Artificial intelligence has brought about a change in the pattern of the operation of industry, driven by a new form of interaction between man and machine. This industrial revolution, which has given rise to Industry 4.0, is characterised by intelligent factories where humans and cyber-physical systems interact in the cloud.
Intelligent factories absorb automated structures and include digital enablers that allow machinery to communicate with each other and with the factory systems as a whole, through a IoT configuration. These skills are increasingly in demand by factories in all sectors, seeking to ensure the competitiveness of their production plants in an increasingly technological context.
AI applied to industry 4.0
Artificial intelligence has become the most disruptive technology called to revolutionise the management and business models of organisations. Its main applications in the 4.0 industry are:
- OEE optimisation through predictive repair and maintenance.
- Quality 4.0 through operational excellence, which continuously improves production quality.
- Generative design through AI and automation algorithms, which simultaneously generate multiple design solutions valid for the same objective.
- Robotics through robotic and collaborative machines that support the operators to free them from methodical and/or extremely precise tasks.
But who operates these machines that run on algorithms? This type of functionality will only express its value if the human capital is trained to work with processing, programming and data systems. Companies must invest not only in technological capital but also in training employees to be qualified.
Impact of AI on industry 4.0
- The shift from traditional automation based on independent industrial robots to networked ‘cyberphysical systems’ has revolutionised the way production plants work and imposed new standards of competitiveness on the market. This has brought a number of benefits to producers and consumers, including the following:
- Just-in-time manufacturing: Adapted, real-time production models have reached a new level of optimisation. These AI-driven manufacturing systems can produce pieces in an adaptive way to the order. Sensors track components by ordering them according to demand patterns and algorithms to shorten lead times.
- Introduction of new products: Production lines become information systems that feed decision making on issues as central as the product line. This facilitates adaptation to demand, making it easier to change from the raw materials entering the factory process to the final product leaving it.
- Changes in consumption: One of the biggest changes in mentality has occurred between assets and customers. Consumers are connected to the industry through information networks and expect products and experiences of a higher quality and level of personalisation. On the other hand, manufacturers are able to produce customised products without losing efficiency thanks to digital designs and intelligent production.
- Labor market evolution: The learning curve of AI techniques is slow and yet AI advances at an unstoppable rate. This makes titles such as ‘Data Scientist’ increasingly in demand. The labor model is moving towards more analytical and qualified applicants in the field of technology, so it is essential that governments invest in education, a factor increasingly key to mitigate unemployment.
Meaning of AI for industry 4.0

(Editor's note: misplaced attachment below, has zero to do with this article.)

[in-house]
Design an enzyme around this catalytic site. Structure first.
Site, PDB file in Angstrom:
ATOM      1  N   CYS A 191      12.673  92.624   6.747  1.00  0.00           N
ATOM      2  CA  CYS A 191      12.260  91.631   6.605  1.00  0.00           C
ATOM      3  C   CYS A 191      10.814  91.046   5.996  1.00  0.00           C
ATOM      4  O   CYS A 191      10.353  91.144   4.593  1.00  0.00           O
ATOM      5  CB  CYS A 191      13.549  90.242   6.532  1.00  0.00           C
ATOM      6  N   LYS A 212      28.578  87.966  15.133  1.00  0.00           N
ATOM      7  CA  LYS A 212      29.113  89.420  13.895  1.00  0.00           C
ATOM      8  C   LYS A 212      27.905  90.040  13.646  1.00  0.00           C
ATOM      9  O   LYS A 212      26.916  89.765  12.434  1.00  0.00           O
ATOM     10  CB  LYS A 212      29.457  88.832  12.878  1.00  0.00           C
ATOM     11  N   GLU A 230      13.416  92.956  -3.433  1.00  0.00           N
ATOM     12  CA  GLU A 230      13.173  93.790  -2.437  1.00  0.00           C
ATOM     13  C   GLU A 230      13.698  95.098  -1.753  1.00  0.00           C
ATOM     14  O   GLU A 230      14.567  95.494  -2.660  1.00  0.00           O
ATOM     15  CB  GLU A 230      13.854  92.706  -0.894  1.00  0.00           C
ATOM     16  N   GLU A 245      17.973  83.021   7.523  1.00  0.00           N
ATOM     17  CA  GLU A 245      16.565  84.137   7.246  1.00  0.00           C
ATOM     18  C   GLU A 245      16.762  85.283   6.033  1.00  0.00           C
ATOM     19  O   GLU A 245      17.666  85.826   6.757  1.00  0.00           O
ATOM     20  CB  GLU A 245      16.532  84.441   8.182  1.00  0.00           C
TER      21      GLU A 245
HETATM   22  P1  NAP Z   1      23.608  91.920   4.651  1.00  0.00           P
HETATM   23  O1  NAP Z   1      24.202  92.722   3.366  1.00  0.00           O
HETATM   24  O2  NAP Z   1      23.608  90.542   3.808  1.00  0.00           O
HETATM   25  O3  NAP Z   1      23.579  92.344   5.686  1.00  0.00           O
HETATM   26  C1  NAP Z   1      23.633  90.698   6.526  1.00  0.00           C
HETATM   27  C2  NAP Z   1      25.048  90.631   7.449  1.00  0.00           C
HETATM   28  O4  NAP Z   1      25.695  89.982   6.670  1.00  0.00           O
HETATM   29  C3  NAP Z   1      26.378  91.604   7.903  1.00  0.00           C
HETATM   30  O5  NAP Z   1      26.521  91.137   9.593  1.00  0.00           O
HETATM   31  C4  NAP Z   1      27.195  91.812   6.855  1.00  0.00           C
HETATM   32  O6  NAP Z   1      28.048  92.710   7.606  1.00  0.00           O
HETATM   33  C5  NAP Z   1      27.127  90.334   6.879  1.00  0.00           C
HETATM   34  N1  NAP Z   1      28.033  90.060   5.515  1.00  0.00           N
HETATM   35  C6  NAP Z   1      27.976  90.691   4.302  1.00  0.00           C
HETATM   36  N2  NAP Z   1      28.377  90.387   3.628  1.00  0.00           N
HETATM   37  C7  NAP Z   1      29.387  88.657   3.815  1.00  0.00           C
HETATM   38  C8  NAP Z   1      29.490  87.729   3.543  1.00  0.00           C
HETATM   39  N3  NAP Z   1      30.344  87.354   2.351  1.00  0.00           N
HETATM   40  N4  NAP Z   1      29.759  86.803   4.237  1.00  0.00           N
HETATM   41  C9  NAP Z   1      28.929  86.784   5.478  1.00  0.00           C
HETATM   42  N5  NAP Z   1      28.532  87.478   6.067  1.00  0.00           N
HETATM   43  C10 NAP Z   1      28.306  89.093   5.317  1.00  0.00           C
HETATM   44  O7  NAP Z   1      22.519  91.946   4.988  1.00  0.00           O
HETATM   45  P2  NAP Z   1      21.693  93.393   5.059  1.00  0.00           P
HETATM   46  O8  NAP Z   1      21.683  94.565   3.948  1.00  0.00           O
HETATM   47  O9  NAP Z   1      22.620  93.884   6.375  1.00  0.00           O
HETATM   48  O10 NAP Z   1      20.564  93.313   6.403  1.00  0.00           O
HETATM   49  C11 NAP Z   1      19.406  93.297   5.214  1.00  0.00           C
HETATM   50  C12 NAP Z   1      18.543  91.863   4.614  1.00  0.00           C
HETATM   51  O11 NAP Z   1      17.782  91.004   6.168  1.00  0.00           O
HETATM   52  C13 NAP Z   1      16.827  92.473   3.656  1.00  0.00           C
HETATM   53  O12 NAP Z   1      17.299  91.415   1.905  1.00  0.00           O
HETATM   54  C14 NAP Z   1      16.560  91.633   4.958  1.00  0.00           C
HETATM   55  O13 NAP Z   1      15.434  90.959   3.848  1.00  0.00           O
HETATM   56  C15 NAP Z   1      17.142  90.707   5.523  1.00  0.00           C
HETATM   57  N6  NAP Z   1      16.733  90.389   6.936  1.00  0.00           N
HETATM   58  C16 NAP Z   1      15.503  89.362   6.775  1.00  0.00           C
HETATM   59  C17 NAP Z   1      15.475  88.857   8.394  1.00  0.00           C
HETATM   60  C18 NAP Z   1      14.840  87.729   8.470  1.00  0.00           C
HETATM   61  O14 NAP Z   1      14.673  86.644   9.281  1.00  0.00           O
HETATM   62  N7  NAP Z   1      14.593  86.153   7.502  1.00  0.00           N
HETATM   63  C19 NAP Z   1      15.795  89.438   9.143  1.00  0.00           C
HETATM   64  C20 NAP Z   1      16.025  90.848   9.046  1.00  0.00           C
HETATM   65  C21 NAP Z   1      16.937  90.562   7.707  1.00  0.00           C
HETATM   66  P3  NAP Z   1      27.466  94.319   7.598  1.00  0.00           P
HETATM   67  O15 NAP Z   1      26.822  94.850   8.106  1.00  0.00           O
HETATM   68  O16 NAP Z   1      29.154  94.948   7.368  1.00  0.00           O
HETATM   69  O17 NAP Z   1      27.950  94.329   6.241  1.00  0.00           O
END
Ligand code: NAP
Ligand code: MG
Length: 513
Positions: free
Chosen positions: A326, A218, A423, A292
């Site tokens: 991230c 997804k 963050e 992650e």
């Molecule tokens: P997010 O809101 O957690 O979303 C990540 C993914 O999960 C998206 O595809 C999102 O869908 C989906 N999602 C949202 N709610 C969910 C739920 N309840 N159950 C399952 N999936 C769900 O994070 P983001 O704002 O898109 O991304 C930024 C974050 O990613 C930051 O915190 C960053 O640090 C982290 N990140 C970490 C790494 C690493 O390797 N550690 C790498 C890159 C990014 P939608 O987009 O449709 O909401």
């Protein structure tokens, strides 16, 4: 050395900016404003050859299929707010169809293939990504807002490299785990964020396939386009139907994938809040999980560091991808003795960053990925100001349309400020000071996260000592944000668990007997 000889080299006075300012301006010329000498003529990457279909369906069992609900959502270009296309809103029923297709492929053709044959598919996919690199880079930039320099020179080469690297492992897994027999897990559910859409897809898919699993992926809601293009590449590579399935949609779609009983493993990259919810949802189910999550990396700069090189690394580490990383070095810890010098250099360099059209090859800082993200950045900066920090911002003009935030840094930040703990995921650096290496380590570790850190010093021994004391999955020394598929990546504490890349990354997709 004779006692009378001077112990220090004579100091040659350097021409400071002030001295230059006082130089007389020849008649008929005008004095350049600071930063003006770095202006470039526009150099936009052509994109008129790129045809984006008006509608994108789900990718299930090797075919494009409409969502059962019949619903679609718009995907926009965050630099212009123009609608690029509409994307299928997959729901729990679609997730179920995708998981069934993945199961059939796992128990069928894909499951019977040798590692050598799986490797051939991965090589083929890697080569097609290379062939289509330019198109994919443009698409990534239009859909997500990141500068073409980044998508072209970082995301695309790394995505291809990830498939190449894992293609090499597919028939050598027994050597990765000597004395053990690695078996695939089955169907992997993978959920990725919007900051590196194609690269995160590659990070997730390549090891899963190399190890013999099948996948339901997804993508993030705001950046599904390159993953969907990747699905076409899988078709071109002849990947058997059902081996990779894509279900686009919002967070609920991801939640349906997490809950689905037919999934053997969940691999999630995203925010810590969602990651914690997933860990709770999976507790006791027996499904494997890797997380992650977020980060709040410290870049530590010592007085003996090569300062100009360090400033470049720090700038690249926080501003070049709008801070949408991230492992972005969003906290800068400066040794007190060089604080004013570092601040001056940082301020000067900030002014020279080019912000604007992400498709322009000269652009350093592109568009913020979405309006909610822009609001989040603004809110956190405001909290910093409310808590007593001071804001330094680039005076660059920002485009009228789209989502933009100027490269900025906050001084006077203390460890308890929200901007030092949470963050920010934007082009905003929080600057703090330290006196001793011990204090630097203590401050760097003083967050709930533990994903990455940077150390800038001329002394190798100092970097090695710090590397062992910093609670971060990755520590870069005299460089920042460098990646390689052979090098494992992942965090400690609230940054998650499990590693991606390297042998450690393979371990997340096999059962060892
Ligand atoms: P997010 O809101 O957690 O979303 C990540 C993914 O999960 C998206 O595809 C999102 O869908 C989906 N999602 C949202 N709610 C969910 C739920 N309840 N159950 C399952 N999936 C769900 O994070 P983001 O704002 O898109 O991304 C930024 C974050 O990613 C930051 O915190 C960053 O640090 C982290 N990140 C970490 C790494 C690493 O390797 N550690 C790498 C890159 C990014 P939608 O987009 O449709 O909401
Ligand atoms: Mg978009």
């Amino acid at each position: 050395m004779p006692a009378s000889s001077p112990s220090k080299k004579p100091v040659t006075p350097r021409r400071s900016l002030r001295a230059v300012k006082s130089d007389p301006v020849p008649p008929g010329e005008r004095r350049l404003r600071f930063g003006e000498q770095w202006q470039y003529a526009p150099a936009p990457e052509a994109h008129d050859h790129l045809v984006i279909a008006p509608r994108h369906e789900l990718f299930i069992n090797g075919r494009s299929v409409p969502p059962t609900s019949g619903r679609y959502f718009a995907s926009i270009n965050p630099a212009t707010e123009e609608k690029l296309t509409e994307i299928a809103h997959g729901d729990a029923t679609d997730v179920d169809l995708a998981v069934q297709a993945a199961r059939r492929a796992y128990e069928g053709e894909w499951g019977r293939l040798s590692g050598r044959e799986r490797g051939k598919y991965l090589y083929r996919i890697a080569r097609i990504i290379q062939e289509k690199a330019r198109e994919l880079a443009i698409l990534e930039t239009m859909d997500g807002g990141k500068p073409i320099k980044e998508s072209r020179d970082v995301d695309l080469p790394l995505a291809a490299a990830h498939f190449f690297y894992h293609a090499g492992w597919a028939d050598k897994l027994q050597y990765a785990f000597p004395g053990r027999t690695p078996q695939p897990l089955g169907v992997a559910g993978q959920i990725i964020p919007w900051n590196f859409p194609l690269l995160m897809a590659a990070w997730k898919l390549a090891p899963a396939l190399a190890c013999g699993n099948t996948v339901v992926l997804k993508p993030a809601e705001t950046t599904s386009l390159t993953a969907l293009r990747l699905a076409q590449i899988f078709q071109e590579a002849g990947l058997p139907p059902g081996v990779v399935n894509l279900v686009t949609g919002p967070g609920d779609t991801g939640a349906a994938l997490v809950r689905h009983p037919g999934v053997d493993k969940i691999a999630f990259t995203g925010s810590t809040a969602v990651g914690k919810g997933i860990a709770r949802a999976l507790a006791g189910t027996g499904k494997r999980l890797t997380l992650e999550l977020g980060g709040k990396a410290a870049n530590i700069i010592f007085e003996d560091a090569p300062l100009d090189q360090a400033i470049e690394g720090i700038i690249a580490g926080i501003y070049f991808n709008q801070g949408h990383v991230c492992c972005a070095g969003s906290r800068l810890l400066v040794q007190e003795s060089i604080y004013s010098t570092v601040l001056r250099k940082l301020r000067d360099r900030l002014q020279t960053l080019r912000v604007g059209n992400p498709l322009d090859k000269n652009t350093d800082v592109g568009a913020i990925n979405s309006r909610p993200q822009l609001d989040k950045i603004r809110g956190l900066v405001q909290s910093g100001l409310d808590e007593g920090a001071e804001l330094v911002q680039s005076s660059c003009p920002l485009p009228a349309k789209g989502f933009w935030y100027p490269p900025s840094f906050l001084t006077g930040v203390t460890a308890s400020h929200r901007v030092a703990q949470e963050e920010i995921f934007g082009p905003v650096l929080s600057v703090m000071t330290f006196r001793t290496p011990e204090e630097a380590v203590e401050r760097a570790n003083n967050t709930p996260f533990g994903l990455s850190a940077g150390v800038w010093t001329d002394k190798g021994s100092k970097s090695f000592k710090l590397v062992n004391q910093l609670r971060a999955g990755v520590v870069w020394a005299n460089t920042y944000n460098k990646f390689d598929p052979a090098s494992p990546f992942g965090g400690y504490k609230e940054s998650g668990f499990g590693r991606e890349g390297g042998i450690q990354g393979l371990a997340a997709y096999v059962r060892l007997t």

Artificial intelligence sharpens business intelligence, which is an important advance for the global economy. According to an IBM study entitled “The Global Race for AI”, 82% of Spanish companies are already exploring the use of AI. AI allows factories to scale up their production models without compromising process quality, which is essential given the growing competitiveness in the market.
AI techniques such as machine learning (ML) and deep learning (DL), if well implemented, have very significant positive effects on companies’ ROI. Automatic learning vastly improves product quality by introducing predictive maintenance systems into production processes, replacing visual inspections with robots or cobots that execute quality controls infinitely more accurately and efficiently.
In addition, ML creates sophisticated algorithms that enable ‘Smart Manufacturing’; data gathered during production is analysed and changes are automatically adapted. Deep Learning, a subset that has evolved from Machine Learning, creates its own neural networks that allow for unsupervised learning, taking the autonomy of these methods even further. These AI techniques give rise to three fundamental benefits for the industry 4.0:
- Production optimisation
- Supply Chain Integration
- Company‘s adaptation to the market
- Better product development
However, the complexity of AI use in industry 4.0 requires manufacturers to collaborate with specialists to achieve appropriate and customised solutions. Building the necessary technology has very high costs and requires in-depth knowledge both internally and technically.
Your driving tool in industry 4.0
Nexus Integra, Big Data’s integrated operations platform, partners with your company to know your goals and create together a clearly defined roadmap with an agile and customised development process. The industry 4.0 advances at a frenetic pace and so do the new technologies that form it. Therefore, our goal is to guide you so that implementing these technologies is a simple process full of value for your business.
To guarantee your competitiveness in the industry it is essential to have your data connected and your industrial processes integrated. If this is not already the case for your company, the IOT Nexus Integra platform, leader in industry 4.0, will be the technological ally that will convert your traditional factory into a smart industry, so that you can extract all the value and potential from your data and achieve the maximum level of efficiency and productivity.